Indian Patent Office Delivers Major Blow to Affordable Pneumonia Vaccine Hopes

SOUTH SUDAN © Valérie Batselaere/MSF

Recent decision blocks production of affordable generic options for people and treatment providers like MSF

NEW YORK/GENEVA, AUGUST 22, 2017—Hopes for improved access to an affordable pneumococcal conjugate vaccine (PCV) that protects both children and adults from pneumonia was dealt a major blow after the Indian patent office granted a patent to the U.S. pharmaceutical corporation Pfizer.

The Pfizer product, PCV13, marketed as Prevnar13, protects against 13 types of pneumococcal bacteria. The patent blocks other manufacturers in India from making and supplying more affordable versions of the vaccine to those who need it most.

“It’s unfair and unacceptable that almost a million children die each year from pneumonia even though a lifesaving vaccine is available,” said Dr. Prince Mathew, Asia regional coordinator for Doctors Without Borders/Médecins Sans Frontières (MSF). “Children everywhere have a right to be protected from pneumonia, but many governments can’t afford the prices set by Pfizer. We urgently need additional manufacturers to rapidly introduce competition with the aim of lowering vaccine prices.”

In 2016, MSF challenged Pfizer’s unmerited patent claims in India after the same patent was revoked by the European Patent Office (EPO). The patent is also being legally challenged in South Korea and before the US Patent Trademark Appeal Board.

The Indian patent office’s decision has broader implications, as it indicates a weakening of India’s strict patentability standards, which results in granting monopolies for minor and trivial improvements of existing medical products, as allowed in some other countries. Such ever-greening practices will hamper India’s role as “pharmacy of the developing world,” supplying governments and treatment providers like MSF with affordable medicines and vaccines.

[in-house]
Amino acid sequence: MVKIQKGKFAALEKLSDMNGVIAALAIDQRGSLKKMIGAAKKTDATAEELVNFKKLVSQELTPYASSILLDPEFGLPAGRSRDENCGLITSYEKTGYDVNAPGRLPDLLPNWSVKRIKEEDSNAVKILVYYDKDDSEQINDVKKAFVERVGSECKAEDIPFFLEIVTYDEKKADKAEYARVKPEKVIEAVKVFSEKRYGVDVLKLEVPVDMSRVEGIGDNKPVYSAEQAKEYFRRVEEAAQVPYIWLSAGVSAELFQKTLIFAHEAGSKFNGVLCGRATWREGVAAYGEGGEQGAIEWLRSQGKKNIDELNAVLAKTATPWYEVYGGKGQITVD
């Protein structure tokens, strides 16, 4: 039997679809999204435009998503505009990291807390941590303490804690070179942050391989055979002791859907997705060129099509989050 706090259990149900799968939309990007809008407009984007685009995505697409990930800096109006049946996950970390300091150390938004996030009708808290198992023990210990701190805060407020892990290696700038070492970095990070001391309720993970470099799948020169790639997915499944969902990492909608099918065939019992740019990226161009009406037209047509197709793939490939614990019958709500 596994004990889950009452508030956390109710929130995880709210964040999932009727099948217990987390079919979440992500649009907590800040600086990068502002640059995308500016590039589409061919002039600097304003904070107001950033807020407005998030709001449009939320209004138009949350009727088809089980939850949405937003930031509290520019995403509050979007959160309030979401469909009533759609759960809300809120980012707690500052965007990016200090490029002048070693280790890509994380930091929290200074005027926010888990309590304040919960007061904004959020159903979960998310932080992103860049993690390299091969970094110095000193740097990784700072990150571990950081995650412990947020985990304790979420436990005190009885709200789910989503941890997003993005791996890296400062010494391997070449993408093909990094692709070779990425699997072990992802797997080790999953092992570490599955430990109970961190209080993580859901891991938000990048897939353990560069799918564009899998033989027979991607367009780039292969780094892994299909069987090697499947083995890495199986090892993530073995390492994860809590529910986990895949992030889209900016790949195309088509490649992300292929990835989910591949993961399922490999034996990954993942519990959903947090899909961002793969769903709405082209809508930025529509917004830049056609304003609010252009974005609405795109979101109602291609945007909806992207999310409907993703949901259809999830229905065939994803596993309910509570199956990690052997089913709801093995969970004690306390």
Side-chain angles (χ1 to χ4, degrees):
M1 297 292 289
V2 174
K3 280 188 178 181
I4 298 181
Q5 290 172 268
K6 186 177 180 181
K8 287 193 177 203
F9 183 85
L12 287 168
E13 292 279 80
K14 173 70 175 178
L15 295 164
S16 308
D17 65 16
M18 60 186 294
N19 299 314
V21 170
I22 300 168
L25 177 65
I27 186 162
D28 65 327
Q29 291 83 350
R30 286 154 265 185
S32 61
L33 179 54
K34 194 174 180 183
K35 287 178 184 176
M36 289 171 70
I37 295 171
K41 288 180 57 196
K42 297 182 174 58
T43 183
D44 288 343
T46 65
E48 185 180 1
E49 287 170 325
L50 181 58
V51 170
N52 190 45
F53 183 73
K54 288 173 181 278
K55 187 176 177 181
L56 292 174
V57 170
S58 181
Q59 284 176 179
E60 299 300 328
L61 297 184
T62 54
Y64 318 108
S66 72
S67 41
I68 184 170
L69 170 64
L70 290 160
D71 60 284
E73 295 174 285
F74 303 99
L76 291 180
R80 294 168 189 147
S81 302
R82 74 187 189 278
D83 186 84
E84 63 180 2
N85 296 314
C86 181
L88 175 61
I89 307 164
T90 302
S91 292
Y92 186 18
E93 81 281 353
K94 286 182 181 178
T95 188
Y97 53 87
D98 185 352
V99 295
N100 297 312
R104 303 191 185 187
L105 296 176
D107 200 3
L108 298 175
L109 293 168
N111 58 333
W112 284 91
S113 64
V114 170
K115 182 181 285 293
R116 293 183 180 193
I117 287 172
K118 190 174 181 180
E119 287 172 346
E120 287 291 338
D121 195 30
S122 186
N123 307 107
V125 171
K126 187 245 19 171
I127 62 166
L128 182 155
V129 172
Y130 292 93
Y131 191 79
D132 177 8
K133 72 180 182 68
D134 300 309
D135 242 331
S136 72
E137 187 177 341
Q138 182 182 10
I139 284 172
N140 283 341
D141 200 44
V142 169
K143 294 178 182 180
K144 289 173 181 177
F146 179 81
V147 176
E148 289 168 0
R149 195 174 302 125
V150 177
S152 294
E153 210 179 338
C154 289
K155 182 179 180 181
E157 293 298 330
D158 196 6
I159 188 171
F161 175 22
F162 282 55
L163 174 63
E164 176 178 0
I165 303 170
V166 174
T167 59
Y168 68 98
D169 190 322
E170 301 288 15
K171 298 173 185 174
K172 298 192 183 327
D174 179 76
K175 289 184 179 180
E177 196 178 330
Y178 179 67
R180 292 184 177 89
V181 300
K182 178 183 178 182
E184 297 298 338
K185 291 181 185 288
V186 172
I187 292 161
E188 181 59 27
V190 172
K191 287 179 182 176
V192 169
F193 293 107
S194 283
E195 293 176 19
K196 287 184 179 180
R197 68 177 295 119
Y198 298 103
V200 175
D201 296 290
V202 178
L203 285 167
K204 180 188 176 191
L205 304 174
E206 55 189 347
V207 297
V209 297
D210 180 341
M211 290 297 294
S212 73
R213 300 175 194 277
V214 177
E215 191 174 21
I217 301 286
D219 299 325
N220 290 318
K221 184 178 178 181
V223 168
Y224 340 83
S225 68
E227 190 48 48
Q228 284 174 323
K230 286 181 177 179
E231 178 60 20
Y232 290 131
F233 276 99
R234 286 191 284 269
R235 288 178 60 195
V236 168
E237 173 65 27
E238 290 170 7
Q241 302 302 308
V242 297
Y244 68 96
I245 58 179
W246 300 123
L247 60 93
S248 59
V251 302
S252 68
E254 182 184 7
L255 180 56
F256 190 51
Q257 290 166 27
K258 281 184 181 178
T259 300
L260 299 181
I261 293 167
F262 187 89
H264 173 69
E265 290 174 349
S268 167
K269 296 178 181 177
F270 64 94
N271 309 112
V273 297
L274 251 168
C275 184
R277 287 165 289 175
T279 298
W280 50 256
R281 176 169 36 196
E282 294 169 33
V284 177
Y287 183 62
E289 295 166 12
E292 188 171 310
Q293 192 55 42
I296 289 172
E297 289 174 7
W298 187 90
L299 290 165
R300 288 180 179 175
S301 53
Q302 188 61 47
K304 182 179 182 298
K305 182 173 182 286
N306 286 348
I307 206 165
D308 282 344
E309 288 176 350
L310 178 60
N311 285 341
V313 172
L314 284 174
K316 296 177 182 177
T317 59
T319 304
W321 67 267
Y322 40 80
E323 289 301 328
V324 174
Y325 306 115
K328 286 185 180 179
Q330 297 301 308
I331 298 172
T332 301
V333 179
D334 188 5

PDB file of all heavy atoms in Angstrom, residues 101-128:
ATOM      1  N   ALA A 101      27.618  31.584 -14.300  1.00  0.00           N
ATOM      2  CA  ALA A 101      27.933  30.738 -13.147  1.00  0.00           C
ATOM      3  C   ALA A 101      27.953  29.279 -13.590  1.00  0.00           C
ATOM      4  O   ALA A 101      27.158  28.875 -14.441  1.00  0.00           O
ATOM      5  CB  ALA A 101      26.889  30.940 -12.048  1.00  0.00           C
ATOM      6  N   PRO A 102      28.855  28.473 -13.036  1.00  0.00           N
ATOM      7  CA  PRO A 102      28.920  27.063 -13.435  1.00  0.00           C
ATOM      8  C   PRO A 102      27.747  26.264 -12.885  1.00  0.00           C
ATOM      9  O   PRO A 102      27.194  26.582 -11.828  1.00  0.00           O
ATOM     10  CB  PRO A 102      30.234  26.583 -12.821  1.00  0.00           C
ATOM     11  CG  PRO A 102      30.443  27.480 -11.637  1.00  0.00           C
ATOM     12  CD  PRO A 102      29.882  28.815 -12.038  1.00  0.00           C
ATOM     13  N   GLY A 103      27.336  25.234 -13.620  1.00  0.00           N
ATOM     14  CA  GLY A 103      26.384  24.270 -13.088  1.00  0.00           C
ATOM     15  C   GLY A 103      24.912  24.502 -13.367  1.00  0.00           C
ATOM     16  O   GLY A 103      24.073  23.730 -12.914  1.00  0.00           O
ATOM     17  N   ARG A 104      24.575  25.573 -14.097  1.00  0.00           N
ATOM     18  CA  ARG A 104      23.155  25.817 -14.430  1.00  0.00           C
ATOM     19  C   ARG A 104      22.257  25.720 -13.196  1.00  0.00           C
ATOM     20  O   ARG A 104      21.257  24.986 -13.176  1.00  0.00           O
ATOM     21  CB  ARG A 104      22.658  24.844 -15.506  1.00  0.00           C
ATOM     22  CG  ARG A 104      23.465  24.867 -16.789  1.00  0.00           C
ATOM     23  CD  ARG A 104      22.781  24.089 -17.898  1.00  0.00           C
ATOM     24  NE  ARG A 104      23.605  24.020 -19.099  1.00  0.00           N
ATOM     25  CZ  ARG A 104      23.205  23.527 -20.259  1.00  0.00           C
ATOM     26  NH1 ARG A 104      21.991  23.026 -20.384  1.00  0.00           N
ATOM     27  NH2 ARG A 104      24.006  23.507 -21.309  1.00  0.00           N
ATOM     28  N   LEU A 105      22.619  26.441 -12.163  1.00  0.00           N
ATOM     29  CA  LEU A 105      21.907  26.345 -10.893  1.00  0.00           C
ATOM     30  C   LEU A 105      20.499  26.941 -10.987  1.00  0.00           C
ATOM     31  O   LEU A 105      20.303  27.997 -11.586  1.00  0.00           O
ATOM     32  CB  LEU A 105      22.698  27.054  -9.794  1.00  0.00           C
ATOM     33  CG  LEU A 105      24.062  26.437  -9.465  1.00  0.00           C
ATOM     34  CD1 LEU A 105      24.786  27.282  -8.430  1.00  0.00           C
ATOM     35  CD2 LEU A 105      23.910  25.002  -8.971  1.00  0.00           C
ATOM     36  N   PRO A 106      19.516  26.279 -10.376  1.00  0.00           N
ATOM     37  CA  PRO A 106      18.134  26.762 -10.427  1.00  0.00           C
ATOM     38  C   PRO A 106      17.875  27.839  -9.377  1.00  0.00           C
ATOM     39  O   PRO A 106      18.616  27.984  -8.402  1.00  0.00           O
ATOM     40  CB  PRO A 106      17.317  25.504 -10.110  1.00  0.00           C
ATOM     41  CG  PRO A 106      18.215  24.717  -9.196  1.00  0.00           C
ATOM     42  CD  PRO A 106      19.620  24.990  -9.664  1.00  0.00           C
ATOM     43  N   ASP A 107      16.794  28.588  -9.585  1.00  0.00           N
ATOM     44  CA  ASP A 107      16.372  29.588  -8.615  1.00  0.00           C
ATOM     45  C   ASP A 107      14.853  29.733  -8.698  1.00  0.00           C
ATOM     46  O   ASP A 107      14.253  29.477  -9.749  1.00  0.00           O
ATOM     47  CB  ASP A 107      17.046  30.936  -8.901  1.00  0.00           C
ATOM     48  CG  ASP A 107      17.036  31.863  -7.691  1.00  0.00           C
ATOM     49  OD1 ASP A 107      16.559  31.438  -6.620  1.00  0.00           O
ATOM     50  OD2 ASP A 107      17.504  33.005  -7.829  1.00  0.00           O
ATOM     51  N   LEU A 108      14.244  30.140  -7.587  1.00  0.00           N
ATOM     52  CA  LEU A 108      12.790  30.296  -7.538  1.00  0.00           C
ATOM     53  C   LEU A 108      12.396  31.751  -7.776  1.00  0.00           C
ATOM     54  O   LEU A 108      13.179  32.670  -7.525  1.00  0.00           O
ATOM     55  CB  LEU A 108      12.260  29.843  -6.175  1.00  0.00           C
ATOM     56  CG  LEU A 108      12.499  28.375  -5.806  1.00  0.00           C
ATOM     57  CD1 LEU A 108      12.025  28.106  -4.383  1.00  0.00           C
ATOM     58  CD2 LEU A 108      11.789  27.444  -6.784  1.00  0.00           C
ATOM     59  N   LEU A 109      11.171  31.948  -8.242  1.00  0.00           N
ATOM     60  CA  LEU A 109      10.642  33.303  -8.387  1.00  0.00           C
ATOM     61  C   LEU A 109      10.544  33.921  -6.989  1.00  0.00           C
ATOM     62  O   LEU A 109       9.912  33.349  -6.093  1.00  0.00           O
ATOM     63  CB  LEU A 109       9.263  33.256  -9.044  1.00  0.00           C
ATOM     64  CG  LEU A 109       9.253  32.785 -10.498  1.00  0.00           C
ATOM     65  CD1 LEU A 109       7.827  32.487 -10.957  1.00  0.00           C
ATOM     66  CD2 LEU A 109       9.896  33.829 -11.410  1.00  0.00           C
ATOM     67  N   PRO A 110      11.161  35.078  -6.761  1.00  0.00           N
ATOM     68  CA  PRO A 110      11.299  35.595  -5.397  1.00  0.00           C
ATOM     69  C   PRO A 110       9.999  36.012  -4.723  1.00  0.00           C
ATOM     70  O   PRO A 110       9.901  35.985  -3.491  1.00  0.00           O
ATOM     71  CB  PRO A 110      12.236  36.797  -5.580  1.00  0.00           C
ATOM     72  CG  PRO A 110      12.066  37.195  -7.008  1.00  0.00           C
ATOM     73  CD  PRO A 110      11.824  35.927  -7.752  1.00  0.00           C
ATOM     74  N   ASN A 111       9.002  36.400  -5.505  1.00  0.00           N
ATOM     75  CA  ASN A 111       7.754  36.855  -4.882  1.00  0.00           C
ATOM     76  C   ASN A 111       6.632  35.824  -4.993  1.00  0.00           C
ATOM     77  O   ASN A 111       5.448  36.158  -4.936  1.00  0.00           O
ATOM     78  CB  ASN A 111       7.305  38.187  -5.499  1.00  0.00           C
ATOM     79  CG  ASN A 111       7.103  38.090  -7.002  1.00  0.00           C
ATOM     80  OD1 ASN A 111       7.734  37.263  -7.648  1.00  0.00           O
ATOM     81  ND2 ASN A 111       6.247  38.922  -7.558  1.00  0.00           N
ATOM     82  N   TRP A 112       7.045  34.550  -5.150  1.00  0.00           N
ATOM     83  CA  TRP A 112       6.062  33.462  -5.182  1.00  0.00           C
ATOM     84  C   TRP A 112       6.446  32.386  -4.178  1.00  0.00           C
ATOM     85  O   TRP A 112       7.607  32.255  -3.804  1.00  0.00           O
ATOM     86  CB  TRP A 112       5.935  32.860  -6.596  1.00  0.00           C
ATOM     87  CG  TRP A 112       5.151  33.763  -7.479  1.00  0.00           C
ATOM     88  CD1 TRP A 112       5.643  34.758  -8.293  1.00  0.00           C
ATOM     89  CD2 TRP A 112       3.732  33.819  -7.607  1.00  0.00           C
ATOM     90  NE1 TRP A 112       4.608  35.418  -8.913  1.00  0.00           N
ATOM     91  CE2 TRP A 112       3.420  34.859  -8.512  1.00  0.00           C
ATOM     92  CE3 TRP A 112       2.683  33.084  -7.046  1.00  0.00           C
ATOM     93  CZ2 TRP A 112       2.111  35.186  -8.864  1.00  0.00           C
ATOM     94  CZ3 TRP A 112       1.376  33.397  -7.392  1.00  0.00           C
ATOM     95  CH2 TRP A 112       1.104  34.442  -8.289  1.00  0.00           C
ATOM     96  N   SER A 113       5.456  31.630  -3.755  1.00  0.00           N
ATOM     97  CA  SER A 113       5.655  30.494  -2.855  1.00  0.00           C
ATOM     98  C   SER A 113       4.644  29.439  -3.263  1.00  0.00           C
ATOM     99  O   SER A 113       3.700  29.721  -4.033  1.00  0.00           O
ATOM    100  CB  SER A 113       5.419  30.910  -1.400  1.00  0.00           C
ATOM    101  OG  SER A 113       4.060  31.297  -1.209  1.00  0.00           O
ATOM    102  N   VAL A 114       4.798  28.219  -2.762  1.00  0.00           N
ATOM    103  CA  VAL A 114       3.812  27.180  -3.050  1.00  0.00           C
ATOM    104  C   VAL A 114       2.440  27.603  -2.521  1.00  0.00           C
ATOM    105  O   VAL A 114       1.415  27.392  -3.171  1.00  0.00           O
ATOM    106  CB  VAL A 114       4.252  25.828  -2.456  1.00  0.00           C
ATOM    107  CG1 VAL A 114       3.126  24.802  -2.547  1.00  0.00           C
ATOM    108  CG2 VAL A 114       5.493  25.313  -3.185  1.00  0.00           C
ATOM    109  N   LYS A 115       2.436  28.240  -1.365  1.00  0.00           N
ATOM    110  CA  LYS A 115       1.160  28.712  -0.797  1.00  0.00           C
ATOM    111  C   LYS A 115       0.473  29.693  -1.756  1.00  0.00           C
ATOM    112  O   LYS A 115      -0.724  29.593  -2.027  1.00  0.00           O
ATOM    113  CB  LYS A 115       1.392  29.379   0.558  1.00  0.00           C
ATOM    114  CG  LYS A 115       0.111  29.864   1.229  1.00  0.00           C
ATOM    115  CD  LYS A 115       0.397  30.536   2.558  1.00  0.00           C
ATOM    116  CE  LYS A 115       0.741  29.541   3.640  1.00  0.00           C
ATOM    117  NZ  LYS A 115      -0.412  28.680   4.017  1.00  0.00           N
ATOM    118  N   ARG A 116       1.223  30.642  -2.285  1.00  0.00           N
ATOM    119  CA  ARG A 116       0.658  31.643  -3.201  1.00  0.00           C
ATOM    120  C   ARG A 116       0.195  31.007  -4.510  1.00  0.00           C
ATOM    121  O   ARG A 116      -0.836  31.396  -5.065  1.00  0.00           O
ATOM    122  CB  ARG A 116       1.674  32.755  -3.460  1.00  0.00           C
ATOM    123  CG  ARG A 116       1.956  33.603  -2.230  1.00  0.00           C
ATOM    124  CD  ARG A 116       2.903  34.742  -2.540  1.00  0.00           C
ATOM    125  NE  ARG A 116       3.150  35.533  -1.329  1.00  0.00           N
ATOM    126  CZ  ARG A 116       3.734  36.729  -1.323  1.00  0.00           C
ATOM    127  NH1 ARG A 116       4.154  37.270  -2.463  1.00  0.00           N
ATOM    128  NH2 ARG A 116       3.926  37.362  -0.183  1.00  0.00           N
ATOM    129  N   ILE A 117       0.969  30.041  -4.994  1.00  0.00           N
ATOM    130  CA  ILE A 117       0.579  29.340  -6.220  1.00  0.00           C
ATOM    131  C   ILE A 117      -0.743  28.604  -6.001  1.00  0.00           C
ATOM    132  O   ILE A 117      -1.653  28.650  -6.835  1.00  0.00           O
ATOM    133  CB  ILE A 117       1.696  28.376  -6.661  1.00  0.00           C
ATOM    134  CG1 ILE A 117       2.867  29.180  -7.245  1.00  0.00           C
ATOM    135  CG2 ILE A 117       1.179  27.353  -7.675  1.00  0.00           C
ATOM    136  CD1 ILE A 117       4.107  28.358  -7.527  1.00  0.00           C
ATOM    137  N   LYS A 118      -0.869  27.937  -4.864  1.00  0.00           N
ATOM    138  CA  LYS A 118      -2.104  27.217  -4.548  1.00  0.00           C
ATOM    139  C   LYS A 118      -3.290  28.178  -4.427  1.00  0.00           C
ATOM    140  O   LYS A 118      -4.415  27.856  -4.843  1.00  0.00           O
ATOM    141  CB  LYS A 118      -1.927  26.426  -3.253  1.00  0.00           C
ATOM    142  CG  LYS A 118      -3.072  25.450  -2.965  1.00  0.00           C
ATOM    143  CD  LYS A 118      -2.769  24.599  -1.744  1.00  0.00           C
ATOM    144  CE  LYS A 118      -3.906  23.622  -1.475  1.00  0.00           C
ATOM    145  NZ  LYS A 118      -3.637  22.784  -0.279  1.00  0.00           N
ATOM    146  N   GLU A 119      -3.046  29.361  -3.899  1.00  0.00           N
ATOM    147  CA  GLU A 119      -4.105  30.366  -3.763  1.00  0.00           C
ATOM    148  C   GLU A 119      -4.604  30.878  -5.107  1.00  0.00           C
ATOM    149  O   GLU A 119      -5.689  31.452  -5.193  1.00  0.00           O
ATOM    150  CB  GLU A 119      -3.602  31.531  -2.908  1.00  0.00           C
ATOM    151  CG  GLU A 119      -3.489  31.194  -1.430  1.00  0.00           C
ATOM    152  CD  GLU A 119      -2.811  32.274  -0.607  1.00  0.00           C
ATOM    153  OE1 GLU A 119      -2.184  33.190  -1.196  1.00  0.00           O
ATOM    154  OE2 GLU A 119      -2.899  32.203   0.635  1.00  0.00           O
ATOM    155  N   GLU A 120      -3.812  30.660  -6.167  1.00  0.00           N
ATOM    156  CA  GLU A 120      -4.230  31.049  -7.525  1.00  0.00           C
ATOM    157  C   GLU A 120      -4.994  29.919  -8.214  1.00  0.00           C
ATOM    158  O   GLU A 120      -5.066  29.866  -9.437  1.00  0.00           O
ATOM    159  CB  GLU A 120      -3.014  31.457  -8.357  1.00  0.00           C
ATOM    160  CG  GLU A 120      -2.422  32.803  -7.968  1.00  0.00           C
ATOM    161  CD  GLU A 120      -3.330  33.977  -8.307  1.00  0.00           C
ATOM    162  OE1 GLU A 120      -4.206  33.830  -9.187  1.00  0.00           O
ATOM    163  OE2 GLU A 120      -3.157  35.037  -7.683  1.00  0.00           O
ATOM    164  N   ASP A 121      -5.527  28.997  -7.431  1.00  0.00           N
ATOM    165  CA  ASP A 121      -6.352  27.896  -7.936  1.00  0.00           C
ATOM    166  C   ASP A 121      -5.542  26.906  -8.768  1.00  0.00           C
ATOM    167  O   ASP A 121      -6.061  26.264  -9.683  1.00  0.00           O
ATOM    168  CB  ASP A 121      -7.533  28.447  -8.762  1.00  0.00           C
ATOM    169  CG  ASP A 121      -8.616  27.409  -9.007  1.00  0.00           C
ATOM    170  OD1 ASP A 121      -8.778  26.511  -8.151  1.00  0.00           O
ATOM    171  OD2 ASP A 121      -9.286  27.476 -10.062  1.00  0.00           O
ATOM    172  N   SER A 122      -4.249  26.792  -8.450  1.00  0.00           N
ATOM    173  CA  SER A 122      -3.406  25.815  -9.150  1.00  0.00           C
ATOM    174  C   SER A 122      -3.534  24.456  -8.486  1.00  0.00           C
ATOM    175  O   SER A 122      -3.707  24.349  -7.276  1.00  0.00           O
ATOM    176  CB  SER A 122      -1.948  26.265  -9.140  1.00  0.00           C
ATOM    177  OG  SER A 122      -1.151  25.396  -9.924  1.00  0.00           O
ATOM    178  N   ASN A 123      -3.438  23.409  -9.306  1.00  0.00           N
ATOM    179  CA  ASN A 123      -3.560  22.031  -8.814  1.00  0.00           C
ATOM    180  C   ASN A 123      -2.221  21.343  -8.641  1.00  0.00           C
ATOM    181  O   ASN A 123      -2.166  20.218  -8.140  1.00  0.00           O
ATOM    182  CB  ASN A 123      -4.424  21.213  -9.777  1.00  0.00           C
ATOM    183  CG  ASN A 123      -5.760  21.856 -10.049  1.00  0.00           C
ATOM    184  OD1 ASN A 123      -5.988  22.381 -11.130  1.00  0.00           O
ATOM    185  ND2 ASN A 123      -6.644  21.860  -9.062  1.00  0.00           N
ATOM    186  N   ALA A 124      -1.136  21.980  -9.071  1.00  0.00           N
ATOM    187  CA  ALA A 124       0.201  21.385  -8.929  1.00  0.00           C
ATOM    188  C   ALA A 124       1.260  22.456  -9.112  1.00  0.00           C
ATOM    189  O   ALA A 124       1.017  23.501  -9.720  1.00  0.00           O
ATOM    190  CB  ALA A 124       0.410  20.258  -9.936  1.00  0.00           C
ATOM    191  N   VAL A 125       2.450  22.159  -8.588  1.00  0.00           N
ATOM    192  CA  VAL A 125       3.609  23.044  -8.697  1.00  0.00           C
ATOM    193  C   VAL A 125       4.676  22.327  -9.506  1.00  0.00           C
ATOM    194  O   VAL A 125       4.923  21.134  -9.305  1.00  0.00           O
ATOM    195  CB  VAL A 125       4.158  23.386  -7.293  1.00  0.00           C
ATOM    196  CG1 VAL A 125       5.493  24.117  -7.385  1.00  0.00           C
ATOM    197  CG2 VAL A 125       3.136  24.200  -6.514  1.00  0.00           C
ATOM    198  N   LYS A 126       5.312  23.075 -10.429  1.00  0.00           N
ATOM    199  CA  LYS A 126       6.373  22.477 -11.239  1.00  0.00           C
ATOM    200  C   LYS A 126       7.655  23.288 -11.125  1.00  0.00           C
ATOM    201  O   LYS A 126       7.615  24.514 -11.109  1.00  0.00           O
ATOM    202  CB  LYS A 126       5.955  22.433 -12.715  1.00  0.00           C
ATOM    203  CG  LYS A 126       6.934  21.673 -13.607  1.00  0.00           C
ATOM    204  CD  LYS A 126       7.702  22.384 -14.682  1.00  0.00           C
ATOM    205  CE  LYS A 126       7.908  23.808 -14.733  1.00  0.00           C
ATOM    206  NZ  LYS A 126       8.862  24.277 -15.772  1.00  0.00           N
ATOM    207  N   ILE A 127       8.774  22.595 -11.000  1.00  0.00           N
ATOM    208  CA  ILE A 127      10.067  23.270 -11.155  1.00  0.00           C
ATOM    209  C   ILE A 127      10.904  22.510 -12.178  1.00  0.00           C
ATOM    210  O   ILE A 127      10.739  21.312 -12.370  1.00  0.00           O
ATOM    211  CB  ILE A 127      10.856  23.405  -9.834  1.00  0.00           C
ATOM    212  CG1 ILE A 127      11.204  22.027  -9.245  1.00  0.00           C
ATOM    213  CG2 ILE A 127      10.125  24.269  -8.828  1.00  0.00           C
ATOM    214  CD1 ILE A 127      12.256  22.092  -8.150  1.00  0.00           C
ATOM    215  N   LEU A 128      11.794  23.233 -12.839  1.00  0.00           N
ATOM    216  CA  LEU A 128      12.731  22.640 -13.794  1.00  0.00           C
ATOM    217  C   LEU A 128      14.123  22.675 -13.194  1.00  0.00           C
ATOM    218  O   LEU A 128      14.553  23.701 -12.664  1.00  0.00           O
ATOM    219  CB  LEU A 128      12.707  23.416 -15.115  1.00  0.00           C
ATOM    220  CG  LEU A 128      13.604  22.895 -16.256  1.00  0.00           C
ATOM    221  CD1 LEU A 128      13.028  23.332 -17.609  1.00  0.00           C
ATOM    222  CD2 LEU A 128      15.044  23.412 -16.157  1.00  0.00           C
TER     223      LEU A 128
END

"Pfizer’s PCV 13 is too obvious to deserve a patent as per Indian patent law, and is just a way to guarantee an extended market monopoly for the corporation for many years to come,” said Leena Menghaney, South Asia head of MSF’s Access Campaign.

MSF relies heavily on affordable generic medicines to do its medical work around the world; two thirds of its medicines used to treat people with HIV, tuberculosis, and malaria are generic medicines made in India. Indian vaccine manufacturers have already announced that they can supply PCV for a much lower price. However, Pfizer’s patent allows it to continue controlling the PCV market in India until 2026 and blocks developing country vaccine manufacturers from supplying a competing version of Pfizer’s PCV.

Manufacturers will have to find new routes to develop a non-infringing PCV vaccine, which may delay the availability of competing products in the pipeline from Indian producers.

“In our work, we see many children with life-threatening respiratory infections; many deaths could be prevented if more kids were vaccinated with PCV,” said Dr. Anas Shorman, a paediatrician working for MSF in Jordan. “More than 50 countries have spoken out against high vaccine prices, and children in countries like Indonesia, Jordan, and Tunisia simply can’t wait any longer to get access to the lifesaving pneumonia vaccine.”

Each year, MSF teams vaccinate millions of people, both as outbreak response to diseases such as measles, meningitis, yellow fever, and cholera, as well as routine immunization activities in projects where it provides health care to mothers and children. MSF has purchased PCV in the past for use in its emergency operations and is scaling up its use of PCV and other vaccines with a particular focus on improving routine immunization, as well as extending the package of vaccines used in humanitarian emergencies. In 2015, MSF launched its "A FAIR SHOT” campaign to push for pharmaceutical companies Pfizer and GSK—the only two producers of the pneumonia vaccine—to reduce the price of the vaccine to $5 per child for all three doses.